This morning the sky was a perfect blue. The air was cool and sweet. I drove to work with the radio on, just as I did eleven years ago.
I got to my classroom, put on water for tea and straightened the papers piled on my desk. As I looked out the window at the muted green of the late summer grass, I remembered every minute of that terrible day.
Like all of the big events that change our lives, it seemed to me that it had just happened. All of the fear, the confusion, the sadness and the anger came back to me in exquisite detail. I wanted to replay it all again, retelling every detail of what I saw, thought, heard. For me, an adult when that terrible attack happened, September 11th will never be just another day. Never.
But my fifth grade students weren’t even born eleven years ago. To them, the attacks are truly a part of history.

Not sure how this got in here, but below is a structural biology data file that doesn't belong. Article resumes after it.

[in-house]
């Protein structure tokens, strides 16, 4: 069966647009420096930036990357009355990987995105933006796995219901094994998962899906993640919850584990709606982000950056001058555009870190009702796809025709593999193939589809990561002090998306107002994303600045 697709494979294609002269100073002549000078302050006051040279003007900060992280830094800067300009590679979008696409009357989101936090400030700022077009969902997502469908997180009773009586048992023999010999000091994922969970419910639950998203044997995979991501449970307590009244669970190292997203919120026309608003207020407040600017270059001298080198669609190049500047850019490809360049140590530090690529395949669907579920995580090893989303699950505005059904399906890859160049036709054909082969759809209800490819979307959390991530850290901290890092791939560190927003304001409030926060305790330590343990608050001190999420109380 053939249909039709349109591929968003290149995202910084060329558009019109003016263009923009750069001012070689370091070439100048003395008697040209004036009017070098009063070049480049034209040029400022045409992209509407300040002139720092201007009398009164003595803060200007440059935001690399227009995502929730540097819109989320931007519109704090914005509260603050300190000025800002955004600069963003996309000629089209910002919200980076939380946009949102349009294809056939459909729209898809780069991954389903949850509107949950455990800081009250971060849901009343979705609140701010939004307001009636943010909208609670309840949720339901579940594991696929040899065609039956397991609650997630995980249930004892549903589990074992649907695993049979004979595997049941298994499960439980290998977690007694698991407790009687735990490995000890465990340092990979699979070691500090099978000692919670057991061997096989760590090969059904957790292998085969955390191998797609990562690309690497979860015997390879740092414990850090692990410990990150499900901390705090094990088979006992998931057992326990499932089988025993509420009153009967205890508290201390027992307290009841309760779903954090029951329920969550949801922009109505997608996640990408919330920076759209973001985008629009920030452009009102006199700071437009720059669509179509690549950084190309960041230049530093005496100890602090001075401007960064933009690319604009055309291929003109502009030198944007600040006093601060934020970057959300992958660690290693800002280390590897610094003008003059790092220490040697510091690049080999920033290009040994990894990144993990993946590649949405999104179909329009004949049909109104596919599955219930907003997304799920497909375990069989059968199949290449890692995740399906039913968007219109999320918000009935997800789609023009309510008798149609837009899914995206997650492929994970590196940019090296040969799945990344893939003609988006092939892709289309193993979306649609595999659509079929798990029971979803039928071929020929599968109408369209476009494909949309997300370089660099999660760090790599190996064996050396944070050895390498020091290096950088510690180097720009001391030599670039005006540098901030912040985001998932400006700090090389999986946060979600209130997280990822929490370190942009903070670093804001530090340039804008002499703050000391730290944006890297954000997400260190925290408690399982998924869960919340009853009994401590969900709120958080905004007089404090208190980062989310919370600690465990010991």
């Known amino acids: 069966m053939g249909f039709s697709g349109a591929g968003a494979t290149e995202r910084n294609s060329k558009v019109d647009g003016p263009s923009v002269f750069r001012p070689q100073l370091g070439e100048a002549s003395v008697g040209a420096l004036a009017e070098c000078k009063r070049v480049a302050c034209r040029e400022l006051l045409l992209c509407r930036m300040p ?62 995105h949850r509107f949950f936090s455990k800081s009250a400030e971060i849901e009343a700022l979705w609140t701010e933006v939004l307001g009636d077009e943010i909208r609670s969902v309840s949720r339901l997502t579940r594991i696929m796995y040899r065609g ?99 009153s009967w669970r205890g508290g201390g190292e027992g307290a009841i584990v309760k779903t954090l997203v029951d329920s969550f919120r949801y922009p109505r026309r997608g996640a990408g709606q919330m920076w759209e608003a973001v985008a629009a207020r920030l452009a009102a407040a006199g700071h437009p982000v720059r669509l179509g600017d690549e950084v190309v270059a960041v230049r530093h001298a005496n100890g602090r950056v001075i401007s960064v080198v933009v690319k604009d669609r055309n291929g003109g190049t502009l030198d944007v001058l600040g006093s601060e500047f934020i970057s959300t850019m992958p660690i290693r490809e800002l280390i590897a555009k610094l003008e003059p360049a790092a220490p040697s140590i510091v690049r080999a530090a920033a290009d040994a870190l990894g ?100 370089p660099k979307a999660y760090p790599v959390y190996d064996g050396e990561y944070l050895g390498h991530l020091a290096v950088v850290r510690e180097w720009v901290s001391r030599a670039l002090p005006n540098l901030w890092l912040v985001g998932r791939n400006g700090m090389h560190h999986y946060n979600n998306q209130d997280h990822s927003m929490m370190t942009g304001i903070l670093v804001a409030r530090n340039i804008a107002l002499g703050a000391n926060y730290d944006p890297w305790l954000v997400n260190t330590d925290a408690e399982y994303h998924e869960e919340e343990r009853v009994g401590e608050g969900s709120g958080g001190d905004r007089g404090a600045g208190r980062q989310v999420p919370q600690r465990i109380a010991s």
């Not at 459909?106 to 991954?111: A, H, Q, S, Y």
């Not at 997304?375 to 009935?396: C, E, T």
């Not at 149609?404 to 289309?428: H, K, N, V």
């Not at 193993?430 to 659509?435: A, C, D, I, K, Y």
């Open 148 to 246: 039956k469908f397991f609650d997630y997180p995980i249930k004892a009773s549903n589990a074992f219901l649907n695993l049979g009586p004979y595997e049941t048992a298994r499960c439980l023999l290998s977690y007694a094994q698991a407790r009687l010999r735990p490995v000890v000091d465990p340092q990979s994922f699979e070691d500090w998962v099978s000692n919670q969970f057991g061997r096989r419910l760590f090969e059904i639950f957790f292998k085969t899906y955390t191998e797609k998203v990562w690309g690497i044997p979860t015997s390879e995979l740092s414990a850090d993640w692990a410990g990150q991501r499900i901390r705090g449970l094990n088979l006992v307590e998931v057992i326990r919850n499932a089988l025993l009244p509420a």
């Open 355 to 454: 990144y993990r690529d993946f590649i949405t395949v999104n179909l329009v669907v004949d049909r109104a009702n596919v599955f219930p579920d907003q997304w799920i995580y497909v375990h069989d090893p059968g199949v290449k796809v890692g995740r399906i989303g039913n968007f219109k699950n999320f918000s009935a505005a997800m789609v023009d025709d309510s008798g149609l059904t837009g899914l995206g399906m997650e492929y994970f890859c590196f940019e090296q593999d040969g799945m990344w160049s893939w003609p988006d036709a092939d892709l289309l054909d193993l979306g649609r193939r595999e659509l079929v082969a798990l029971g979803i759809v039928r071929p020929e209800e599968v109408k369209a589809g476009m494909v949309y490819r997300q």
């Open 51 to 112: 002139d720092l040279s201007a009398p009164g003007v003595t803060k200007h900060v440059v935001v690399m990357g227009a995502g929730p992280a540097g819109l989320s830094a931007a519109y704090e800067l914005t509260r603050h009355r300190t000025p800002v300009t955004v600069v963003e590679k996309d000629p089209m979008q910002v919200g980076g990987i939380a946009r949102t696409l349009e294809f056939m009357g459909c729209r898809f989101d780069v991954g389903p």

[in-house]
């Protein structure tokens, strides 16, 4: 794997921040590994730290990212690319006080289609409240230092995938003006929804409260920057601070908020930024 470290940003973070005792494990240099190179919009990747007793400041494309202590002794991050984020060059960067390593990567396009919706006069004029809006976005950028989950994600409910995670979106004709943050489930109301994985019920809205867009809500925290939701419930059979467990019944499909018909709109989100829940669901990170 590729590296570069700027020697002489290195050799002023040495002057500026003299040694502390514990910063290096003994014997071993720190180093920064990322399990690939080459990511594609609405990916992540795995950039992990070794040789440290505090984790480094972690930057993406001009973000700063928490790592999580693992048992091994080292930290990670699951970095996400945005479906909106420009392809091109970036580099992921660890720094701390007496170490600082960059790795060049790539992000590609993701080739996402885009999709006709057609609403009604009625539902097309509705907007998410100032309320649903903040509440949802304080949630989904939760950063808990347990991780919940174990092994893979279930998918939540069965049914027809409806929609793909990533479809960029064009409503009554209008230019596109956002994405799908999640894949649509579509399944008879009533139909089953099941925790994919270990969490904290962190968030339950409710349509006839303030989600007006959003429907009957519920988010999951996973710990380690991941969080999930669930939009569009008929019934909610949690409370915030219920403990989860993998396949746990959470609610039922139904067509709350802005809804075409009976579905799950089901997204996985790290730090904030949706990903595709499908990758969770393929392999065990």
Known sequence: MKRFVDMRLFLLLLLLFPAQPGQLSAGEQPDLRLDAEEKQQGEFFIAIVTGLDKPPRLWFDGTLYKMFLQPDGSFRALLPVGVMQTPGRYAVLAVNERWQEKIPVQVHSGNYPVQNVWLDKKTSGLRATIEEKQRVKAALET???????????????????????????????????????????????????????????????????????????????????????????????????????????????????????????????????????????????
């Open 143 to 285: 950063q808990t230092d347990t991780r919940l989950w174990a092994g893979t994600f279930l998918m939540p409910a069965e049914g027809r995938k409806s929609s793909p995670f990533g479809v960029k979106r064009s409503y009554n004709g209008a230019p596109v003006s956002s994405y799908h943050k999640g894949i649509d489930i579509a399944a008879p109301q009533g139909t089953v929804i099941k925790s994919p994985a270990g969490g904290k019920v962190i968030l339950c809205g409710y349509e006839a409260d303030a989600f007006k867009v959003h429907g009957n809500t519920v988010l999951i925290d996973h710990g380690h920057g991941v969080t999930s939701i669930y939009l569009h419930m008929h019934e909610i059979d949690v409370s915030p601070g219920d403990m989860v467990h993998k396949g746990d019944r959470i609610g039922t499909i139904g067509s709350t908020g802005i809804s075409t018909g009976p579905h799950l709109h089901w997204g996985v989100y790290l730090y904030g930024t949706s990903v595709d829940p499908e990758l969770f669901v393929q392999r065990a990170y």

That’s why I decided not to bring up the anniversary with them. I decided that there was no need for me to relive the events, not with these young children. I would have a normal day, savoring that normality just a little more, knowing how precious it really is, and how easily destroyed.
But, as so often happens, the kids surprised me.
In the middle of the morning, as we prepared to start a new science unit, one little girl raised her hand. “We haven’t even talked about 9/11.”, she said, somewhat sternly.
And there I was, surrounded by serious faces, all looking to me for guidance. I wasn’t quite sure of how to react: one part of me welcomed the discussion, while one part wanted to keep it in its place, securely in the past. Away from these innocent children.
But once a question is asked, or a topic is broached, every good teacher knows that it must be addressed. So I took a deep breath, ran my hand down my cheek, and asked,
“What do you know about 9/11?”
To my great relief, the answers focused on the crashing planes, on the fallen towers, on the deaths that followed. Unlike previous classes, no one in this class mentioned the words “Arabs” or “Muslims”. We talked for a bit, taking time to define “terrorism”.